Bullying has been a recent topic in the news. In Florida, two teenage girls and their parents were arrested in the suicide of Rebecca Sedwick. Rebecca, 12, jumped off an abandoned concrete plant last month and the two 14 year olds were arrested on charges of aggravated stalking. Another girl in our county died by suicide last month. As more and more of these stories surface into our media, we begin to question the roles and responsibilities of our society in preventing these tragedies.
I personally have been going back and forth about whether schools should be held liable for cyberbullying cases. On one hand, I do not believe that the students should be punished for something that happens off school grounds and out of school time; when students leave school grounds, it does not become the school’s responsibility, but rather the parent’s, to monitor. On the other hand, I do believe that cyberbullying is getting out of hand and that, as a society, we need to start taking a stand and making regulations. I think this is exactly what happened in the Florida case: the girls are being used as an example. Working in a high school, I hear all kinds of dramatic stories of girls who make fake Facebook accounts of other girls and post fake naked pictures of them on it, or of freshmen creating a freshmen classes Twitter account to anonymously bash their classmates; or tweeting unacceptable things about adults and authority figures. It really has gotten out of hand and I believe that some kids do not know their boundaries.
Today, the freshmen class watched a video about the effects of bullying. This video followed two students and documented their feelings and everyday experiences. One of the students was born at 26 weeks and was only expected to live for 24 hours; he is now 14. Of course, the kid suffers from disabilities from this premature birth. However, had the kids known what a miracle he was and understood why he was the way he was, he probably would not have been picked on as much; instead, we would see him as an inspiration. Throughout the movie, I kept thinking about the power of getting to know someone. Think about riding public transportation or going to the mall: you see a lot of nameless faces and because they are just that–nameless faces, it automatically gives you the right to judge. You think about their strange clothing choices, or the weird way they walk, or the oddly shaped mole on behind their ear. However, as soon as you put a name to someone, they automatically become someone semi-special. You begin to invest a little more in who they are as a person and you begin to judge a little less.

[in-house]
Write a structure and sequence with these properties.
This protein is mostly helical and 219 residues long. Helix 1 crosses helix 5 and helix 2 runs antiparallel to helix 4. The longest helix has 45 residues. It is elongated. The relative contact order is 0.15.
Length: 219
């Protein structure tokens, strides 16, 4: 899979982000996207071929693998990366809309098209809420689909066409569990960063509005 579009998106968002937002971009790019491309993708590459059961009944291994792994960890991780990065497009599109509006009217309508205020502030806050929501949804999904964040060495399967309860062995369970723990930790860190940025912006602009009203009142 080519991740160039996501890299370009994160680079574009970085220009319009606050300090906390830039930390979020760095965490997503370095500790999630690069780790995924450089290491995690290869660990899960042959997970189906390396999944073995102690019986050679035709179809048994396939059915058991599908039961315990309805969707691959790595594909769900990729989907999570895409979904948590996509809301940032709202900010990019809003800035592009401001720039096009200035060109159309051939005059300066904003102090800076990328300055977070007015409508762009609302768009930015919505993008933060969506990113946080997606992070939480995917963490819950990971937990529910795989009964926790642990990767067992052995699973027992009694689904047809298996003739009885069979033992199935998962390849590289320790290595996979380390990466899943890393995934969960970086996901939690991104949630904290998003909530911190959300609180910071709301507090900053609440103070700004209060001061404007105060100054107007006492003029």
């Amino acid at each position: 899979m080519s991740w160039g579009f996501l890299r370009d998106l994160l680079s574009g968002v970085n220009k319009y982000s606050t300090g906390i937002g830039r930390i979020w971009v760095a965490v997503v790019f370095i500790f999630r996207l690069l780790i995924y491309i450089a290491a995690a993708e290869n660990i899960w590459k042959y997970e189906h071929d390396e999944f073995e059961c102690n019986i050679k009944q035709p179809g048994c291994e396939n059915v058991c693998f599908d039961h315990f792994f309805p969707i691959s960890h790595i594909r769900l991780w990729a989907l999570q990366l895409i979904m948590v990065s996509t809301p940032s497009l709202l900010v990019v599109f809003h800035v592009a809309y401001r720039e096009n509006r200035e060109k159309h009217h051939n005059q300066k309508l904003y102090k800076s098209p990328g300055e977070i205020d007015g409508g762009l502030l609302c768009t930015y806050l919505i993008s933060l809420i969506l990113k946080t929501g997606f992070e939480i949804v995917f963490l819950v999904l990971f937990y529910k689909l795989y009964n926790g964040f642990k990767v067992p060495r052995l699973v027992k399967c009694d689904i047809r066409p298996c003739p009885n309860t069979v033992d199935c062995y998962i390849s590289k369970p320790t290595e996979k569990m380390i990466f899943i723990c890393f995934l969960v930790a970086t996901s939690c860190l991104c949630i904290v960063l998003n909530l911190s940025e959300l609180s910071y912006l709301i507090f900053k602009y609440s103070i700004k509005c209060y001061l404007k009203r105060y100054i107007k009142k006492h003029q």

This same effect occurs in Truman Capote’s In Cold Blood. This is a nonfiction novel about two men who brutally murder a family of four in Kansas. When we see cases of murder in the news (Jessica Ridgeway, James Holmes, Jared Lee Loughner), we are flabbergasted as to how someone could harm another person in such a way. The same is true of the Clutter family. However, Capote divulges us private information about Dick and Perry (the killers), such that, when the book ends and the two go to the gallows, the reader feels a pit in his/her stomach: it is tragic that Dick and Perry die in the end. Capote manipulates the reader to feel sympathetic, especially for Perry, through exposing Perry’s personal life: the reader learns about Perry’s broken childhood, his need for affection and affirmation, his emotional instability, his desires and hopes and dreams. The reader creates a connection to Perry through these intimate details and is legitimately sad when he dies, despite his murderous and brutal act.
Edgar Allen Poe also utilizes the same techniques in his stories, such as The Cask of Amontillado. This is a story about a villain who leads a drunk friend into a catacomb and kills him. However, because the story is narrated from the villain’s perspective, the reader is privy to information about the motives, thoughts, and feelings of Montresor. So, when Montresor kills Fortunato in the end, is it not so tragic; the reader feels a connection to the narrator because Montresor has shared some intimate information.
So, when we invest in other people–we put a name to their face, we discover a connection with them, no matter how small that may be–we begin to care about them. It might be selfish, actually, because, since we invested the time, we do not want to see something bad happen to them, because then that shows an inadequacy and flaw within ourselves.
Another take away message I got from the documentary is that we often blame the victim. Whenever the kid told his parents or administration about the bullying, their reaction was, “I can’t believe you let yourself be tormented. You need to stand up for yourself.” The kid responded by saying, “Well I just thought they were playing around and joking. It’s not a big deal.” This made me very sad, because, of course, the kid just wants to fit in.
So, I asked my class to brainstorm a list of potential solutions to prevent bullying. Basically, our list consisted of, “If someone punches you, punch them back.” Yes, it will work every time.
What has changed in our society that has caused this to be such a big deal? Surely bullying is not a new concept-our parents and grandparents were probably bullied as well.
I began thinking about just how complicated this issue is and I am not really sure how exactly we can prevent. Yes, awareness is always key to any issue, but as my kids point out, the more we shove these sensitive issues down their throats, the less they listen (or, at least admit to listen). So I am not sure what the answer or solution is.